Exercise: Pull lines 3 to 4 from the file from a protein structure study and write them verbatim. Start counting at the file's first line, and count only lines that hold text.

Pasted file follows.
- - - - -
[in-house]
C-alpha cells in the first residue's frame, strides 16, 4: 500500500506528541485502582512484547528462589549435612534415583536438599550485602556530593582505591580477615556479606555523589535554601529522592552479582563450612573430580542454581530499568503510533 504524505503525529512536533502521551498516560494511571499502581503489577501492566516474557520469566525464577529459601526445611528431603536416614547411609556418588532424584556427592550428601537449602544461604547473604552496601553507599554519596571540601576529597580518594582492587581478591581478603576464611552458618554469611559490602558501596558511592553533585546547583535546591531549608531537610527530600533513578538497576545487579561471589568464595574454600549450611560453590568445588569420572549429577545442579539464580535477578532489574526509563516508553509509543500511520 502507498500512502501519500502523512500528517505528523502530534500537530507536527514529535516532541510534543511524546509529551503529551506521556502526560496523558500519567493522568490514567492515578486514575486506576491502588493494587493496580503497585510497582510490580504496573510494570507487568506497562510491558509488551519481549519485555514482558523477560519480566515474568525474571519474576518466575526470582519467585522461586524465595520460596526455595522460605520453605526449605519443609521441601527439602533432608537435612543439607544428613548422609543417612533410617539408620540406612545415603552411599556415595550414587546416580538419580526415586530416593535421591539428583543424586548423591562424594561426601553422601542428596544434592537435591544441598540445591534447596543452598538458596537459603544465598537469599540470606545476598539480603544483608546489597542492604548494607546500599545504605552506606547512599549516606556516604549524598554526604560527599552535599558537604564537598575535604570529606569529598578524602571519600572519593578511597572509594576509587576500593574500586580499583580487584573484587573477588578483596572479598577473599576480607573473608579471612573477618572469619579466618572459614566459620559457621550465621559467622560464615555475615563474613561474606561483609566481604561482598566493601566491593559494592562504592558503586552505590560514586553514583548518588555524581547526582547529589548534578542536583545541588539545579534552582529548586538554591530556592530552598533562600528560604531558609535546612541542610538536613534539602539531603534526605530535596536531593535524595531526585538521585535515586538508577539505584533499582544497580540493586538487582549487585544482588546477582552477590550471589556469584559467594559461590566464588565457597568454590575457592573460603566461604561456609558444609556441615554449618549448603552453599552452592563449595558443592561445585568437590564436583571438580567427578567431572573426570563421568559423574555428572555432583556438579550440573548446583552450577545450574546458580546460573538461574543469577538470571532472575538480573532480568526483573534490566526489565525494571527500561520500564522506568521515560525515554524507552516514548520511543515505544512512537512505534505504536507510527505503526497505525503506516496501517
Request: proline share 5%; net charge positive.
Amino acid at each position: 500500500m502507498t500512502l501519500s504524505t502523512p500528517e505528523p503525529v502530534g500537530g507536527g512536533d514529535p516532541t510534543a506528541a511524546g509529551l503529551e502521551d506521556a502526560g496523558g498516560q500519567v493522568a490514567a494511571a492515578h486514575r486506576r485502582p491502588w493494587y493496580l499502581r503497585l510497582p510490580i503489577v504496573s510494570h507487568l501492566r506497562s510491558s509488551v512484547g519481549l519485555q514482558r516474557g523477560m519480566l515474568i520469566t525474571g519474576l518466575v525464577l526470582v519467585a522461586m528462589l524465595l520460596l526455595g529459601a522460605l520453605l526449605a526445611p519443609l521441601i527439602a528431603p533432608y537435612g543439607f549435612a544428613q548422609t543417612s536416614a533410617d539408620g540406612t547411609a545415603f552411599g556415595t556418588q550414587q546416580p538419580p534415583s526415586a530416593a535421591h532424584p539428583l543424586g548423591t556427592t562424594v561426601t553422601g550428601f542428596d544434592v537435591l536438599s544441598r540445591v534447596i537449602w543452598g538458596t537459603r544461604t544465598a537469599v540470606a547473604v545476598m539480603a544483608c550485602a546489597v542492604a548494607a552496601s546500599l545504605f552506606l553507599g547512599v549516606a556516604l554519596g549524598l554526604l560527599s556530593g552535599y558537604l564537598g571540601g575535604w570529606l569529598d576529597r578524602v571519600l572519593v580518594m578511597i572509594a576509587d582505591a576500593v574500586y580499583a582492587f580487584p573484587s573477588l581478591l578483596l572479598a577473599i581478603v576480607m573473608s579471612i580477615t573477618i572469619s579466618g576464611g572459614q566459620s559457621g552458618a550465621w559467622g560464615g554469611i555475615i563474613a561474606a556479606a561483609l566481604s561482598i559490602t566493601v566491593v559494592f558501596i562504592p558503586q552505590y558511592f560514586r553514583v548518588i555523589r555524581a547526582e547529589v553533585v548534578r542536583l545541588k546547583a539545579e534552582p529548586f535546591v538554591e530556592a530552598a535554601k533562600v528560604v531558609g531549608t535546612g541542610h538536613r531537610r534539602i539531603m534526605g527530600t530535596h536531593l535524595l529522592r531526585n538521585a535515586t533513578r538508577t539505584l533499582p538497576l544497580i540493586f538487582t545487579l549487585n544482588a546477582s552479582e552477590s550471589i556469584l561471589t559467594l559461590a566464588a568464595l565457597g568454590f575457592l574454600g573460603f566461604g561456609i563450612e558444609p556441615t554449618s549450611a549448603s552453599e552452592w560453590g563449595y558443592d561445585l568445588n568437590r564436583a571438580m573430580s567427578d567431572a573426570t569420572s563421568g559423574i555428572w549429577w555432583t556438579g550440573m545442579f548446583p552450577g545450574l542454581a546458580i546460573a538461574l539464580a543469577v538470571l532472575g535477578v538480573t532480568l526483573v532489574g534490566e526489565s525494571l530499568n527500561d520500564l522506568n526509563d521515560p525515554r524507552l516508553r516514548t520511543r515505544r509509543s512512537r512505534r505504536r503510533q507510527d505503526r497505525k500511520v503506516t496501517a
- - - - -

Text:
Request: proline share 5%; net charge positive.
Amino acid at each position: 500500500m502507498t500512502l501519500s504524505t502523512p500528517e505528523p503525529v502530534g500537530g507536527g512536533d514529535p516532541t510534543a506528541a511524546g509529551l503529551e502521551d506521556a502526560g496523558g498516560q500519567v493522568a490514567a494511571a492515578h486514575r486506576r485502582p491502588w493494587y493496580l499502581r503497585l510497582p510490580i503489577v504496573s510494570h507487568l501492566r506497562s510491558s509488551v512484547g519481549l519485555q514482558r516474557g523477560m519480566l515474568i520469566t525474571g519474576l518466575v525464577l526470582v519467585a522461586m528462589l524465595l520460596l526455595g529459601a522460605l520453605l526449605a526445611p519443609l521441601i527439602a528431603p533432608y537435612g543439607f549435612a544428613q548422609t543417612s536416614a533410617d539408620g540406612t547411609a545415603f552411599g556415595t556418588q550414587q546416580p538419580p534415583s526415586a530416593a535421591h532424584p539428583l543424586g548423591t556427592t562424594v561426601t553422601g550428601f542428596d544434592v537435591l536438599s544441598r540445591v534447596i537449602w543452598g538458596t537459603r544461604t544465598a537469599v540470606a547473604v545476598m539480603a544483608c550485602a546489597v542492604a548494607a552496601s546500599l545504605f552506606l553507599g547512599v549516606a556516604l554519596g549524598l554526604l560527599s556530593g552535599y558537604l564537598g571540601g575535604w570529606l569529598d576529597r578524602v571519600l572519593v580518594m578511597i572509594a576509587d582505591a576500593v574500586y580499583a582492587f580487584p573484587s573477588l581478591l578483596l572479598a577473599i581478603v576480607m573473608s579471612i580477615t573477618i572469619s579466618g576464611g572459614q566459620s559457621g552458618a550465621w559467622g560464615g554469611i555475615i563474613a561474606a556479606a561483609l566481604s561482598i559490602t566493601v566491593v559494592f558501596i562504592p558503586q552505590y558511592f560514586r553514583v548518588i555523589r555524581a547526582e547529589v553533585v548534578r542536583l545541588k546547583a539545579e534552582p529548586f535546591v538554591e530556592a530552598a535554601k533562600v528560604v531558609g531549608t535546612g541542610h538536613r531537610r534539602i539531603m534526605g527530600t530535596h536531593l535524595l529522592r531526585n538521585a535515586t533513578r538508577t539505584l533499582p538497576l544497580i540493586f538487582t545487579l549487585n544482588a546477582s552479582e552477590s550471589i556469584l561471589t559467594l559461590a566464588a568464595l565457597g568454590f575457592l574454600g573460603f566461604g561456609i563450612e558444609p556441615t554449618s549450611a549448603s552453599e552452592w560453590g563449595y558443592d561445585l568445588n568437590r564436583a571438580m573430580s567427578d567431572a573426570t569420572s563421568g559423574i555428572w549429577w555432583t556438579g550440573m545442579f548446583p552450577g545450574l542454581a546458580i546460573a538461574l539464580a543469577v538470571l532472575g535477578v538480573t532480568l526483573v532489574g534490566e526489565s525494571l530499568n527500561d520500564l522506568n526509563d521515560p525515554r524507552l516508553r516514548t520511543r515505544r509509543s512512537r512505534r505504536r503510533q507510527d505503526r497505525k500511520v503506516t496501517a